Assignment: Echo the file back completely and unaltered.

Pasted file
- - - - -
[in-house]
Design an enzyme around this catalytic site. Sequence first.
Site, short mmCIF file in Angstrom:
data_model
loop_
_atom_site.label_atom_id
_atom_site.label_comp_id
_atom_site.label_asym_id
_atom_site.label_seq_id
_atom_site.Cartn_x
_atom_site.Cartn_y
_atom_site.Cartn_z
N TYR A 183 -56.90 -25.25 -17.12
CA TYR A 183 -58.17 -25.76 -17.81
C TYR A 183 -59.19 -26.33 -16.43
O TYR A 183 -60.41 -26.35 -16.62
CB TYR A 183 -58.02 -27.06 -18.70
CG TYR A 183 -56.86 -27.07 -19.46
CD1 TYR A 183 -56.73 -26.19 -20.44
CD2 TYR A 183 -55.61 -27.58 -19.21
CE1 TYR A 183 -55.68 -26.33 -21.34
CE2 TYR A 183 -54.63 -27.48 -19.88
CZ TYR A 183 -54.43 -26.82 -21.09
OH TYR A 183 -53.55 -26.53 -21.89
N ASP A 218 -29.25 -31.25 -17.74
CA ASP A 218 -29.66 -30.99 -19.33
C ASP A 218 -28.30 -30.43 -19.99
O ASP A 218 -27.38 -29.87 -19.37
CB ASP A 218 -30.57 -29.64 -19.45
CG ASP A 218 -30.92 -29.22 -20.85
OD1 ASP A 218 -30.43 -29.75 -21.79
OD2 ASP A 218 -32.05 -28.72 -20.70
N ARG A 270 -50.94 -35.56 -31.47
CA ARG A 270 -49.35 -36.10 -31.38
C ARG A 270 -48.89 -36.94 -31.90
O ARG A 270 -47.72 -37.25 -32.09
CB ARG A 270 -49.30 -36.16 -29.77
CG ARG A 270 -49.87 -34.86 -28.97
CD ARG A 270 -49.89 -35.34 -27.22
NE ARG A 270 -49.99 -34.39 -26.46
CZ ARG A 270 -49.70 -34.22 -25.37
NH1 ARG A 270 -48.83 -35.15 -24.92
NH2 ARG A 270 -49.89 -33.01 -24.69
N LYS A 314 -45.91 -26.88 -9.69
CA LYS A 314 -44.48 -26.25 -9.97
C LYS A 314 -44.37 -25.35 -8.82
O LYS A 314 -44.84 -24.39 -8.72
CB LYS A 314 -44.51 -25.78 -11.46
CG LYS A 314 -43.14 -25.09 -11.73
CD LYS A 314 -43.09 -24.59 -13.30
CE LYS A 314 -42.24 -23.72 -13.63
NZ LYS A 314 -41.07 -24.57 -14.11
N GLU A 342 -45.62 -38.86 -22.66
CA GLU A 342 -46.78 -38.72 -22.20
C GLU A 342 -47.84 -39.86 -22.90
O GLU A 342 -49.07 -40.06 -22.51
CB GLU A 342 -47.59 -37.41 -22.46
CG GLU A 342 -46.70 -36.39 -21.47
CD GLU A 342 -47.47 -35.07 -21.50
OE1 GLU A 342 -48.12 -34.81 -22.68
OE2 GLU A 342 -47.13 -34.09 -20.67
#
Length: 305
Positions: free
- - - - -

[in-house]
Design an enzyme around this catalytic site. Sequence first.
Site, short mmCIF file in Angstrom:
data_model
loop_
_atom_site.label_atom_id
_atom_site.label_comp_id
_atom_site.label_asym_id
_atom_site.label_seq_id
_atom_site.Cartn_x
_atom_site.Cartn_y
_atom_site.Cartn_z
N TYR A 183 -56.90 -25.25 -17.12
CA TYR A 183 -58.17 -25.76 -17.81
C TYR A 183 -59.19 -26.33 -16.43
O TYR A 183 -60.41 -26.35 -16.62
CB TYR A 183 -58.02 -27.06 -18.70
CG TYR A 183 -56.86 -27.07 -19.46
CD1 TYR A 183 -56.73 -26.19 -20.44
CD2 TYR A 183 -55.61 -27.58 -19.21
CE1 TYR A 183 -55.68 -26.33 -21.34
CE2 TYR A 183 -54.63 -27.48 -19.88
CZ TYR A 183 -54.43 -26.82 -21.09
OH TYR A 183 -53.55 -26.53 -21.89
N ASP A 218 -29.25 -31.25 -17.74
CA ASP A 218 -29.66 -30.99 -19.33
C ASP A 218 -28.30 -30.43 -19.99
O ASP A 218 -27.38 -29.87 -19.37
CB ASP A 218 -30.57 -29.64 -19.45
CG ASP A 218 -30.92 -29.22 -20.85
OD1 ASP A 218 -30.43 -29.75 -21.79
OD2 ASP A 218 -32.05 -28.72 -20.70
N ARG A 270 -50.94 -35.56 -31.47
CA ARG A 270 -49.35 -36.10 -31.38
C ARG A 270 -48.89 -36.94 -31.90
O ARG A 270 -47.72 -37.25 -32.09
CB ARG A 270 -49.30 -36.16 -29.77
CG ARG A 270 -49.87 -34.86 -28.97
CD ARG A 270 -49.89 -35.34 -27.22
NE ARG A 270 -49.99 -34.39 -26.46
CZ ARG A 270 -49.70 -34.22 -25.37
NH1 ARG A 270 -48.83 -35.15 -24.92
NH2 ARG A 270 -49.89 -33.01 -24.69
N LYS A 314 -45.91 -26.88 -9.69
CA LYS A 314 -44.48 -26.25 -9.97
C LYS A 314 -44.37 -25.35 -8.82
O LYS A 314 -44.84 -24.39 -8.72
CB LYS A 314 -44.51 -25.78 -11.46
CG LYS A 314 -43.14 -25.09 -11.73
CD LYS A 314 -43.09 -24.59 -13.30
CE LYS A 314 -42.24 -23.72 -13.63
NZ LYS A 314 -41.07 -24.57 -14.11
N GLU A 342 -45.62 -38.86 -22.66
CA GLU A 342 -46.78 -38.72 -22.20
C GLU A 342 -47.84 -39.86 -22.90
O GLU A 342 -49.07 -40.06 -22.51
CB GLU A 342 -47.59 -37.41 -22.46
CG GLU A 342 -46.70 -36.39 -21.47
CD GLU A 342 -47.47 -35.07 -21.50
OE1 GLU A 342 -48.12 -34.81 -22.68
OE2 GLU A 342 -47.13 -34.09 -20.67
#
Length: 305
Positions: free